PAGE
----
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The Massacre of the Innocents

It is important to consider the fact that in the context of Jesus’ birth an infamous child murder played a crucial role. According to the Gospel of Mattheur, the three Magi are following the star to King Herod and ask him for the place where the new King of the Jews was born. Herod sends them to Bethlehem and instructs them to tell him the exact whereabouts of the child - which, on God’s behest, they refuse to do: ‘When Herod realised that he had been outwitted by the Magi, he was furious, and he gave orders to kill all the boys in Bethlehem’ (Matthew 2:16). In Christian iconography, this ‘Massacre of the Innocents’ is often depicted next to the adoration by the Magi.37 The hypothesis presented here is that this influenced the design of the front side of Franks Casket.38

One of the earliest known representations of the Massacre of the Innocents is located among the mosaics of the fifth-century triumphal arch of Santa Maria Maggiore in Rome, directly beneath the Adoration of the Magi.39 The first examples showing the child murder in greater detail can be found on Roman sarcophagi from the fourth and fifth centuries, such as those in San Sebastiano in Rome,4 in the crypt of the church Sainte-Marie-Madeleine in Saint-Maximin-la-Sainte-Baume (Dep. Var) (Fig. 1.2),41 and the lost sarcophagus of St Martin in

Frieze on the lid of the sarcophagus in Sainte-Marie-Madeleine

FIGURE 1.2 Frieze on the lid of the sarcophagus in Sainte-Marie-Madeleine (crypt Saint-Maximin) in Saint-Maximin-la-Sainte-Baunie, Dep. Var, France (fourth quarter of the fourth century) (After Garrucci, Sarcofagi, pl. 334:3).

Saint-Remy of which only two drawings are available.42 In the badly damaged relief in San Sebastiano, Herod is shown with a long sceptre, giving the order for the murder with a gesture of his hand. In front of him, a soldier is holding a baby by its legs and throwing it through the air, and next to them, one of the mothers laments the dead body lying at Herod’s feet. On the other two sarcophagi, Herod on his throne is portrayed on the left, looking to the right and extending the hand to order the killing, and his solders, standing to the right, in front of the king, are carrying it out, where a naked child is taken by the feet and thrown through the air. In Saint-Maximin, another soldier brings a second child, and in Saint-Remy, a child’s dead body is lying in front of Herod’s throne. From the right, grieving mothers approach the scene. On both sarcophagi, the image area of the relief is partitioned in two halves by a central panel flanked by angels. On the right half, the adoration of the infant Jesus by the three Magi is depicted. Mary is located on the right, looking to the left, thus mirroring the position of Herod in the left half.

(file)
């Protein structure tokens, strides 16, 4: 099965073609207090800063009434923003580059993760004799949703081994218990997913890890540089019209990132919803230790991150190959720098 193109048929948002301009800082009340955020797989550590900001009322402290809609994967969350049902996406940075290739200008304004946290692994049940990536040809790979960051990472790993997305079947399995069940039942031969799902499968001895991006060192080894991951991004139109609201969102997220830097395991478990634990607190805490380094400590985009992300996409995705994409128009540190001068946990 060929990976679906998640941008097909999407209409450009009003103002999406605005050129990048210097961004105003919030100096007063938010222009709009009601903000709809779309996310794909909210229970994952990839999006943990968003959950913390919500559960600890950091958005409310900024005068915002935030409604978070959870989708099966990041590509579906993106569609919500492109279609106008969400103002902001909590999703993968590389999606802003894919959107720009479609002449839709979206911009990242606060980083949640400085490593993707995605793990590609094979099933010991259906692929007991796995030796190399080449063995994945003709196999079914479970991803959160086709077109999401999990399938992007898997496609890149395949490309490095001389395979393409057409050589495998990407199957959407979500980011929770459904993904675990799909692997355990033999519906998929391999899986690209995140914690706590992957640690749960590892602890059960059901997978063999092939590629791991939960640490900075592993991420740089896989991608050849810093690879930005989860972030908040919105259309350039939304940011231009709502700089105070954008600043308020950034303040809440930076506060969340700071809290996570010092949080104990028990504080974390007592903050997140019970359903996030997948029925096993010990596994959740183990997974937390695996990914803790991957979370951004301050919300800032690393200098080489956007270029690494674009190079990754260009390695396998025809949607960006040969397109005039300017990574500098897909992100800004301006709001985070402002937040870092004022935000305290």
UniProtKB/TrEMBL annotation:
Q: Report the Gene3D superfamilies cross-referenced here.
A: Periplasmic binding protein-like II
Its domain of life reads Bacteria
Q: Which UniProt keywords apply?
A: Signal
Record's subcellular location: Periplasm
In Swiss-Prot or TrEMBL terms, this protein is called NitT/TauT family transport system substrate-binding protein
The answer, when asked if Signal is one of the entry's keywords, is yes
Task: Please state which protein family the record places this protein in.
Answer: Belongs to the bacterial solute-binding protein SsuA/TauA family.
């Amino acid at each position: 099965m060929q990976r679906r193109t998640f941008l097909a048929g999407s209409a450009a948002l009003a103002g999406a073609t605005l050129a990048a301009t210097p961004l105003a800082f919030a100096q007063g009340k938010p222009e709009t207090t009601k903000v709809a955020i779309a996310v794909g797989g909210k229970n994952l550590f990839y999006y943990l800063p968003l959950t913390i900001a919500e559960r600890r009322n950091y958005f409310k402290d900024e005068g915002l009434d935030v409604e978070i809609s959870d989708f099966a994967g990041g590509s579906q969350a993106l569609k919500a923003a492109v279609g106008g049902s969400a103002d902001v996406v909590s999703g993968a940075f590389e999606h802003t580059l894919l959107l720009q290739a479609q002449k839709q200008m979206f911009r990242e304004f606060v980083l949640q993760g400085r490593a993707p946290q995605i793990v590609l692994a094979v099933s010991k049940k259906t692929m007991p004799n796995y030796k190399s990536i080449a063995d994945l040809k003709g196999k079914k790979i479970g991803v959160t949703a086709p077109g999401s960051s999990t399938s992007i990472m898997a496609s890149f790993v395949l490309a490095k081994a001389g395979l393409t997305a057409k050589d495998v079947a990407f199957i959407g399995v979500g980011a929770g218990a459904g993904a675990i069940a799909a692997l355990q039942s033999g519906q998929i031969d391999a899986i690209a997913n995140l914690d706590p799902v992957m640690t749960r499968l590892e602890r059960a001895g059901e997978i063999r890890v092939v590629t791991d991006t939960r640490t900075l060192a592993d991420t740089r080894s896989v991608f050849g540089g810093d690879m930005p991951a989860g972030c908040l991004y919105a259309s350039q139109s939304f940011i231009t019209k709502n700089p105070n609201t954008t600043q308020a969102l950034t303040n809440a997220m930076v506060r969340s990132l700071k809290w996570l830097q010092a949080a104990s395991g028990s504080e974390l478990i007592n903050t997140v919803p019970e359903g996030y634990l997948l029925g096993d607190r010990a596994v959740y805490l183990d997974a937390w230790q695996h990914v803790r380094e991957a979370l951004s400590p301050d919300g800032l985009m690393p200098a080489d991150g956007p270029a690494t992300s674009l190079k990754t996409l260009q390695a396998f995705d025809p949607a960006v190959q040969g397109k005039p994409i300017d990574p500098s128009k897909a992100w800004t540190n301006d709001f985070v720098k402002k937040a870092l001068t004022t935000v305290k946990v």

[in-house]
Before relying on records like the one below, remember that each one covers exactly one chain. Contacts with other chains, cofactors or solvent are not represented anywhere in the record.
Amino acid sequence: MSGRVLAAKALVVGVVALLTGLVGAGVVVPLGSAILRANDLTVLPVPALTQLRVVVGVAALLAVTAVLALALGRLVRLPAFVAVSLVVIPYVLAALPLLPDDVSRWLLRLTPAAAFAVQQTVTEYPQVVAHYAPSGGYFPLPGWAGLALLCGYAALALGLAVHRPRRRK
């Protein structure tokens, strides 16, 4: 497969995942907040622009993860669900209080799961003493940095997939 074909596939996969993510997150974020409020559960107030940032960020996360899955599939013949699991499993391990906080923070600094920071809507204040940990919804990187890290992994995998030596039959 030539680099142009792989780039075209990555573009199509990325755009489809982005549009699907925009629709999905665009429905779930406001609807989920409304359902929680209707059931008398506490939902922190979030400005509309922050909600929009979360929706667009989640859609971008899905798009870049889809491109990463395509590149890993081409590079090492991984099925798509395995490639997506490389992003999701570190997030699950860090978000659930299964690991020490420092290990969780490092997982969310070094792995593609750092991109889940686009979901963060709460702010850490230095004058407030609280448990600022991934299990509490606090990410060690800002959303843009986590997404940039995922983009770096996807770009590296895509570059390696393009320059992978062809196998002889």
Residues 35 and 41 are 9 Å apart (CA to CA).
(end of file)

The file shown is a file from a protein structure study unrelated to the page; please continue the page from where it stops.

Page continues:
Fifth-century ivories provide further Western Roman depictions of the children being killed by smiting. Here, too, the scenes are juxtaposed with the birth of Jesus. In a rectangular field at the top of the left panel of the ivory diptych from Ravenna (or Northern Italy) in the cathedral treasure of Milan, the infant Jesus can be seen in the stable with Mary and Joseph.4’ The lower portion depicts the Massacre of the Innocents, with Herod sitting to the left giving the order to kill with a gesture of his hand, while a soldier is hurling a naked child into the air, a second child lies on the ground, and to the right, two grieving mothers are being pushed away by soldiers. Another ivory tablet from Rome (or Northern Italy; Staatliche Museen zu Berlin, Preußischer Kulturbesitz, Skulpturensammlung und Museum für Byzantinische Kunst, inv. no. 2719) shows the same basic scene juxtaposed against the Baptism of Christ.44